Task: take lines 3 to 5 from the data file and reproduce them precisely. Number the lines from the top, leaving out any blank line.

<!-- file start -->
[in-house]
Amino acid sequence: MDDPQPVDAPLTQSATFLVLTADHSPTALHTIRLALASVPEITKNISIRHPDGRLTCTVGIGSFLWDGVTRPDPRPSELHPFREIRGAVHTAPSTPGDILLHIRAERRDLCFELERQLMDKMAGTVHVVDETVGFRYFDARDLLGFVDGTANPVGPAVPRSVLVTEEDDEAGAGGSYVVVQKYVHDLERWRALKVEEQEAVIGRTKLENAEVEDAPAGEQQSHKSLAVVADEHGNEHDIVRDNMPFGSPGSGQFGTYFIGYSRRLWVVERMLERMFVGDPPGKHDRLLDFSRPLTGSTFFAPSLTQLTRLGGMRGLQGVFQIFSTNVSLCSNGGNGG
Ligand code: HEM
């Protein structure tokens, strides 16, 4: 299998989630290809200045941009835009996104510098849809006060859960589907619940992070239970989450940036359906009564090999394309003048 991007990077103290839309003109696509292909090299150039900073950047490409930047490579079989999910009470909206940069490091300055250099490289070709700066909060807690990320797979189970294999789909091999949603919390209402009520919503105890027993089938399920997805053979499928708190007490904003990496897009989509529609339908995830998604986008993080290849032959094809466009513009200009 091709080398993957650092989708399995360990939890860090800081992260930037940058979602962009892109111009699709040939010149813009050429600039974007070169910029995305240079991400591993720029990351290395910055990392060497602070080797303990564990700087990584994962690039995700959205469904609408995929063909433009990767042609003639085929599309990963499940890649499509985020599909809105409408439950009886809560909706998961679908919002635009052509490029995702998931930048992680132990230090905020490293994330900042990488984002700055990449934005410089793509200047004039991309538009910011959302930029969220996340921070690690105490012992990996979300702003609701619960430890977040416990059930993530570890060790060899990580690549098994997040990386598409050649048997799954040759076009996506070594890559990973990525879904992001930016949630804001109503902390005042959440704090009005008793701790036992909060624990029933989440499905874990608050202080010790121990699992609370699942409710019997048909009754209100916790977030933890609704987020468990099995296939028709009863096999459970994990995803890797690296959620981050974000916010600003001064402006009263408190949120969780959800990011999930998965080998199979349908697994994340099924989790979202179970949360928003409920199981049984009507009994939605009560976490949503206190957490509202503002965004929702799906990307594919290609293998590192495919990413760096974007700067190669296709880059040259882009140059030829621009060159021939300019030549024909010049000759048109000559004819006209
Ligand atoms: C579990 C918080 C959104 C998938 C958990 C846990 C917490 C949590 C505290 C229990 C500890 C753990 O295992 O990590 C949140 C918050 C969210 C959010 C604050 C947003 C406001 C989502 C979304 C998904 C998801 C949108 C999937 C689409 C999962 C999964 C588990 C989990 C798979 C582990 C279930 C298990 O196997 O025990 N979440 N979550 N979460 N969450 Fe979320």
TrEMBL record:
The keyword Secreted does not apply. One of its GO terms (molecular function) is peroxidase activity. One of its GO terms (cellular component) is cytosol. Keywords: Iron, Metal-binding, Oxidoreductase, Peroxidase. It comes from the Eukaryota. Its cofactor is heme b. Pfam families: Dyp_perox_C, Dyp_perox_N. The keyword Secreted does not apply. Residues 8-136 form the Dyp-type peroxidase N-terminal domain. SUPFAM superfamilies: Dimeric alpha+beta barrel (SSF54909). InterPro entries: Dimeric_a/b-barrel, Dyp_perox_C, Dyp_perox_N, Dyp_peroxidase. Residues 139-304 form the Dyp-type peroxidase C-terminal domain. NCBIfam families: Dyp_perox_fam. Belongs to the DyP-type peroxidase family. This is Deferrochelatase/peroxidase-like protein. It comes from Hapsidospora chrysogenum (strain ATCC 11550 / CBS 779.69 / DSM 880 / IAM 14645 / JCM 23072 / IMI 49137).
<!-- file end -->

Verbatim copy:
Ligand code: HEM
């Protein structure tokens, strides 16, 4: 299998989630290809200045941009835009996104510098849809006060859960589907619940992070239970989450940036359906009564090999394309003048 991007990077103290839309003109696509292909090299150039900073950047490409930047490579079989999910009470909206940069490091300055250099490289070709700066909060807690990320797979189970294999789909091999949603919390209402009520919503105890027993089938399920997805053979499928708190007490904003990496897009989509529609339908995830998604986008993080290849032959094809466009513009200009 091709080398993957650092989708399995360990939890860090800081992260930037940058979602962009892109111009699709040939010149813009050429600039974007070169910029995305240079991400591993720029990351290395910055990392060497602070080797303990564990700087990584994962690039995700959205469904609408995929063909433009990767042609003639085929599309990963499940890649499509985020599909809105409408439950009886809560909706998961679908919002635009052509490029995702998931930048992680132990230090905020490293994330900042990488984002700055990449934005410089793509200047004039991309538009910011959302930029969220996340921070690690105490012992990996979300702003609701619960430890977040416990059930993530570890060790060899990580690549098994997040990386598409050649048997799954040759076009996506070594890559990973990525879904992001930016949630804001109503902390005042959440704090009005008793701790036992909060624990029933989440499905874990608050202080010790121990699992609370699942409710019997048909009754209100916790977030933890609704987020468990099995296939028709009863096999459970994990995803890797690296959620981050974000916010600003001064402006009263408190949120969780959800990011999930998965080998199979349908697994994340099924989790979202179970949360928003409920199981049984009507009994939605009560976490949503206190957490509202503002965004929702799906990307594919290609293998590192495919990413760096974007700067190669296709880059040259882009140059030829621009060159021939300019030549024909010049000759048109000559004819006209
Ligand atoms: C579990 C918080 C959104 C998938 C958990 C846990 C917490 C949590 C505290 C229990 C500890 C753990 O295992 O990590 C949140 C918050 C969210 C959010 C604050 C947003 C406001 C989502 C979304 C998904 C998801 C949108 C999937 C689409 C999962 C999964 C588990 C989990 C798979 C582990 C279930 C298990 O196997 O025990 N979440 N979550 N979460 N969450 Fe979320």